What do successful people have in common? They have a “pre-game routine” that gets them started, a mindless way to initiate their behavior so that they have the strength to finish when things become challenging. Every morning before I go workout before the sun is up, my routine is as follows: feed the dogs, make the bed, get dressed, eat a snack, get in the car.  This isn’t dependent on inspiration OR motivation, but it shows the value in having a consistent pattern, or routine, because it eliminates my need to make any decisions. I do the same thing each morning, no matter how tired or groggy I am. Most people never get moving because they can’t decide how to get started. Decide on a routine that works for you around your gym time so that getting that initial momentum is so easy that you can’t say no to it. Remember, the most important part of a task is starting. If you can’t get motivated to begin, you can use your “pre-game routine” to get going to the point where motivation kicks in. This will get you moving toward your end goal.


The goal of your ritual or routine is to make it so ingrained in your life that you don’t need to find “motivation,” you just need to start your routine. There are days when I am so tired when my alarm goes off that I struggle to not hit the snooze button a couple of times and miss my early workout. But then I tell myself: just get up and feed the dogs, if you want to get back in bed after that, it’s ok. But guess what happens? After feeding the dogs, my “pre-game routine” has already started and then the motivation kicks in to help me finish the job and get my workout in. By getting up and feeding the dogs, I have kick-started my habit that I wasn’t motivated to do in the first place. If I didn’t have a sound ritual in place, it would be too much work to figure out what to do next. Since I can relatively mindlessly go through my morning routine, I know exactly what needs to happen. There’s no debating or decision making. Lack of motivation doesn't matter. I just follow the pattern.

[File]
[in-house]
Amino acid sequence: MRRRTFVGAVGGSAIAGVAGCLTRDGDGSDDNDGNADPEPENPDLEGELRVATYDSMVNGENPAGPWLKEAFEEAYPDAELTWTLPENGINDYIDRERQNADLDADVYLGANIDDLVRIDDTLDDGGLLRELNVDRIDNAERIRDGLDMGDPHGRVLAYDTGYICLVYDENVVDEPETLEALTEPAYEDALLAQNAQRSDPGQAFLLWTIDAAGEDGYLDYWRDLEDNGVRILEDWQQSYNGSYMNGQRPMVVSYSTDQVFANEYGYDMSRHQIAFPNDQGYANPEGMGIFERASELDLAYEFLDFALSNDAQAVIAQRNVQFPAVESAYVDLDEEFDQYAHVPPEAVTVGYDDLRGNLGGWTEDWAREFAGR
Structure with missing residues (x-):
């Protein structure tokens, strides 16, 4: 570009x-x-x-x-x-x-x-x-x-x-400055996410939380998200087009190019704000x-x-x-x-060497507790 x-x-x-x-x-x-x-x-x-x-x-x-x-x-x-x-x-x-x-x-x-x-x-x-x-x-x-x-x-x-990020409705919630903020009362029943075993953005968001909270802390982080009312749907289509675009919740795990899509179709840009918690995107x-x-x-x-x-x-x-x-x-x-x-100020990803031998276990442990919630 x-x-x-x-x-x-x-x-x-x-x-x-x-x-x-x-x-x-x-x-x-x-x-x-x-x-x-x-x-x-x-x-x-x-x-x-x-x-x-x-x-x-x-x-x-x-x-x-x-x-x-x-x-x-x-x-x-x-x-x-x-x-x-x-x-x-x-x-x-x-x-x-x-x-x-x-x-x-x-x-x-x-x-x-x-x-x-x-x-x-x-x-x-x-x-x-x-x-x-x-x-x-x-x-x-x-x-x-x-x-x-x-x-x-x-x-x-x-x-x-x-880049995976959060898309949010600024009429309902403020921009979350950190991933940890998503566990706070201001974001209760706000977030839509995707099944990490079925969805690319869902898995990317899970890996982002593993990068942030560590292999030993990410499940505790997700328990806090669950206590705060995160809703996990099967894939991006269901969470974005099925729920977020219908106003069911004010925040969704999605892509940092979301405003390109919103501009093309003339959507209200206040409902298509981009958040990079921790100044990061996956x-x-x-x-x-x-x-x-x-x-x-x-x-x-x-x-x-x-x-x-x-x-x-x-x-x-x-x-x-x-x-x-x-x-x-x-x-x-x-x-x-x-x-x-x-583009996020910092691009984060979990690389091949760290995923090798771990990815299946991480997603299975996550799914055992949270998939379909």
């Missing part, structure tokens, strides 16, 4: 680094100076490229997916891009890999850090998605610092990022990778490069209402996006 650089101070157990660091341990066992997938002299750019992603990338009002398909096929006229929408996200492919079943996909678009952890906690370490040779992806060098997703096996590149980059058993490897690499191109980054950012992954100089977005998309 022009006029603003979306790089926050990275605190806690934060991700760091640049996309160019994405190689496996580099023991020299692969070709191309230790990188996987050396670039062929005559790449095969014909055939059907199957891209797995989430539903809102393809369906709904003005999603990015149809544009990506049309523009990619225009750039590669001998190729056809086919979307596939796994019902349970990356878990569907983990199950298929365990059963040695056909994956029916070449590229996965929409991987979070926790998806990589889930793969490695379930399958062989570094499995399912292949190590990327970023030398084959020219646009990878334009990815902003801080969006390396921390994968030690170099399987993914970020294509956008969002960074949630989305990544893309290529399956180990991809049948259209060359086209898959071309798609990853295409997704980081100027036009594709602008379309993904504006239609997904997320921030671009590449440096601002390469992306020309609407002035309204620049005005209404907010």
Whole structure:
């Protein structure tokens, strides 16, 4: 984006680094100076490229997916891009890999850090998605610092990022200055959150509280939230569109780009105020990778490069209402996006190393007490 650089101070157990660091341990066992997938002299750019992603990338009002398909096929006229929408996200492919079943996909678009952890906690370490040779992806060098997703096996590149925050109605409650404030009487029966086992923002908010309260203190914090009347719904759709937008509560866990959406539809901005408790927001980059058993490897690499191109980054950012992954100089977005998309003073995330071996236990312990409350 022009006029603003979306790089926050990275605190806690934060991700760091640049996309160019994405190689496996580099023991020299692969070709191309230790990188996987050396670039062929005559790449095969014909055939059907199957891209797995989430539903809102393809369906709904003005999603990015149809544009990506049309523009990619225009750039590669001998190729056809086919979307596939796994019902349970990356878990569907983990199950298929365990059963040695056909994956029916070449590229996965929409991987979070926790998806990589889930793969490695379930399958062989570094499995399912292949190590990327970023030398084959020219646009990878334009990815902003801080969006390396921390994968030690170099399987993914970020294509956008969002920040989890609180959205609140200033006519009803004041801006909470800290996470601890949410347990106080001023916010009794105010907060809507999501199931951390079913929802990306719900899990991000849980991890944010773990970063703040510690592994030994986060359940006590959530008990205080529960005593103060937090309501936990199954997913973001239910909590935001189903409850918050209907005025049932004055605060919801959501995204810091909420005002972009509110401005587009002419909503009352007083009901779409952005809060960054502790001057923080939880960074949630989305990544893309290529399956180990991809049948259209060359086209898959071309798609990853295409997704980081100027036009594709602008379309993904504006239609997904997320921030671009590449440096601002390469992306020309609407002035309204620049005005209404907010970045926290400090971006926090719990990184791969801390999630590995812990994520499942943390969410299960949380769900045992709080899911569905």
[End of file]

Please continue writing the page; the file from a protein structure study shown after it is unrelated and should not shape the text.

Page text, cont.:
With a good plan, a set schedule, and a routine that can get you moving in the right direction, you are setting yourself up for success when it comes to creating permanent habits that will become ingrained in your lifestyle. Stay consistent and before long, you will find that the pain of NOT getting your workout in will be greater than the pain of doing it. All those early mornings that I was so tired I felt like skipping my workout? I always leave the gym energized, happier, and ready to tackle the rest of my day. The intrinsic rewards I earned from doing a hard workout serve as further motivation and momentum to continue showing up for the early classes.  

Graphic based on Charles Duhigg's "Habit Loop" in The Power of Habit. Created by James Clear.

Graphic based on Charles Duhigg's "Habit Loop" in The Power of Habit. Created by James Clear.

Motivation is a powerful, yet tricky thing, especially considering that it doesn’t actually kick in until AFTER you begin working towards your goal. But creating better rituals can help create habit to get you moving in the right direction towards a happier, healthier life.